Why Elections Won’t Solve Nigeria’s Problems
Last weekend, Nigerians, by the millions, went to the polls to elect candidates of their choice to different elective offices: Presidential, Senate and House of Representatives respectively. On March 9th they will vote for the Gubernatorial and House of Assembly elections.
The two major candidates that contested the presidency- incumbent President Muhammadu Buhari and Vice President Atiku Abubakar- of which the latter was declared the winner by the Independent National Electoral Commission (INEC) are not new to the political terrain. However, elections will not solve Nigeria’s numerous problems.
Yet it is unsettling that the Nigerian electorates have become so depended on elections and leadership generally to address their various problems. It is worrisome that after twenty years of uninterrupted democracy, Nigeria, though not without any progress, leaves much to be desired of a nation so endowed with mineral and human resources.
Our major problem in Nigeria does not dwell only with leadership, as many will want to argue. Chinua Achebe’s popular claim that Nigeria’s problem is due to leadership is valid. It is unfortunate that most of our leaders since independence are those who never see any need to better the lots of those who voted for them but instead enrich their pockets.
But leadership is not Nigeria’s only problem. The problem also rests with the electorates. Unarguably, people remain the most important element of any democracy. Abraham Lincoln’s defined democracy as “government of the people, by the people and for the people,” shows that people largely determine the tone and rhythm of leadership in a democratic rule. The age-long maxim that “the power in the people is greater than the people in power,” also demonstrates how crucial the people are to the effective and efficient functioning of democracy.
When the people are critical, have unity of purpose and are not driven by religious, ethnic and other divisions, our leaders are forced to carry out their mandate. There is ample evidence supporting how much people matter in the democratic process. In the first place, for all the promises made by the All Progressives Congress (APC) in 2015, its victory over the then ruling Peoples Democratic Party (PDP) would have been impossible but for the fact that the people craved an alternative to PDP’s 16-year rule and the general apathy that characterized that period, caused by the rising insecurity.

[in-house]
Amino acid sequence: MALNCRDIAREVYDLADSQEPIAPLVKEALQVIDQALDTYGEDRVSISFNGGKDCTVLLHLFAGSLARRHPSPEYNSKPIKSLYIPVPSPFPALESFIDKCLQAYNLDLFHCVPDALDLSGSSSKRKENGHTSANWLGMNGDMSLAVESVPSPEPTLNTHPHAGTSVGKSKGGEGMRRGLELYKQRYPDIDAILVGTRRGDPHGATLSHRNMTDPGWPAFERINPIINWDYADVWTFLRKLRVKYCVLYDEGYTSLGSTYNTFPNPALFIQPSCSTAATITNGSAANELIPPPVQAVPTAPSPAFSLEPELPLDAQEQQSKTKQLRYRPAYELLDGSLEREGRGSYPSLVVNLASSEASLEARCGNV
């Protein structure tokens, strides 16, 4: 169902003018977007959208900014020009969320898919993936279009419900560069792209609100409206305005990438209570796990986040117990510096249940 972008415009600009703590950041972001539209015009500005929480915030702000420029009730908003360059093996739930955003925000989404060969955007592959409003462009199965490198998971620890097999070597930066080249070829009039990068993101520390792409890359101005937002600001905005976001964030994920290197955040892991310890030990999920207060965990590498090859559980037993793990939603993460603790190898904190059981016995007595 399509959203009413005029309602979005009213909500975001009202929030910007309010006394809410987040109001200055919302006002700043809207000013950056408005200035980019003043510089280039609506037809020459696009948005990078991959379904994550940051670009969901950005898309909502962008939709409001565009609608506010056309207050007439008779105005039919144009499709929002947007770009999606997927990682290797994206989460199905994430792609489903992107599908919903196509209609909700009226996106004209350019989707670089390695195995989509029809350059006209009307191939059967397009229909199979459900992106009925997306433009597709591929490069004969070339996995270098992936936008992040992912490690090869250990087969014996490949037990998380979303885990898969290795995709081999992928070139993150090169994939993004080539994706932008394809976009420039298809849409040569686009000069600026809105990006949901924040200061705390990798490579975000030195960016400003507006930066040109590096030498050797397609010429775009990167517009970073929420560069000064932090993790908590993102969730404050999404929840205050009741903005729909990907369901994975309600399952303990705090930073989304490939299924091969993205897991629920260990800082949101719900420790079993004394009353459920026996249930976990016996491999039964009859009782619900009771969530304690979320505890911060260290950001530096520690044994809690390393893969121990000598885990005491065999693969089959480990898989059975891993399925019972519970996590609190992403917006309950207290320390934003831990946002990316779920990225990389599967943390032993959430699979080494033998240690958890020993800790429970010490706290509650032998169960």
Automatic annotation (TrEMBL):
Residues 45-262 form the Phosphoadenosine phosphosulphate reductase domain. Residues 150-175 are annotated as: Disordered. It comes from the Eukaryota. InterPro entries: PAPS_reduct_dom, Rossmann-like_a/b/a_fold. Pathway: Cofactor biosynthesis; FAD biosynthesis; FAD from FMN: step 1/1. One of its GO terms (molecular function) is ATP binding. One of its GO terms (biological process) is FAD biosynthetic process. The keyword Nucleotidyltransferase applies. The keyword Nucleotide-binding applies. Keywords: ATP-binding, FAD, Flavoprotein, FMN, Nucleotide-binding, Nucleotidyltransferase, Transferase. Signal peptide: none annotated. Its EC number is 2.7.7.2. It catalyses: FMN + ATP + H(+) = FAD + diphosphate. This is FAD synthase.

The 1993 election reflected the will of the people- the fulcrum of democracy.
Unfortunately, this is not the case in Nigeria today. The majority of Nigerian electorates today are those who are either suffering from low self-esteem, created by poverty and growing inequality between the poor and the rich or those who do not see any need to engage themselves in the process of bringing about good governance which has made it a largely impossible mission for the few who dare to do things right. Without any scintilla of doubt, we need not be told that we can’t make headway as a nation with this mindset. His allows our leaders (politicians) who are expected to be responsive to us and use state resources judiciously for the benefit of the society demi-gods, all-powerful and out-of-control.
It is sad how easily some Nigerians are swayed during elections and sacrifice their conscience for monetary gains. Understandably, Nigeria has an odious stigma of widespread poverty. A recent report by report by Brookings Institution ranks Nigeria as the world’s poverty capital with a population of 200 million people- a position earlier occupied by India with a population of 1.324 billion people. There is also ballooning unemployment. For how long are we going to continue selling our conscience for fleeting benefits and risk our collective future?
The youth, except for a few, are offering no respite to arrest the situation. Days of active students’ unionism are fading. Many of our youth are becoming less critical of government actions and more concerned about how to become rich overnight.
What Nigeria of today needs are electorates (followers) who are consumed by a team spirit to take the country out of the woods; electorates who refused to be swayed by political, religious and ethnic sentiments- that have stagnated us for long and ones with dogged determination to be involved in the process of fostering good governance.
The leaders will not do right when the led see no reason to challenge, criticize and probe actions of those they elect. At this point of nationhood, we need more of active electorates (followers) in Nigeria and only then can we dream of a better and prosperous country.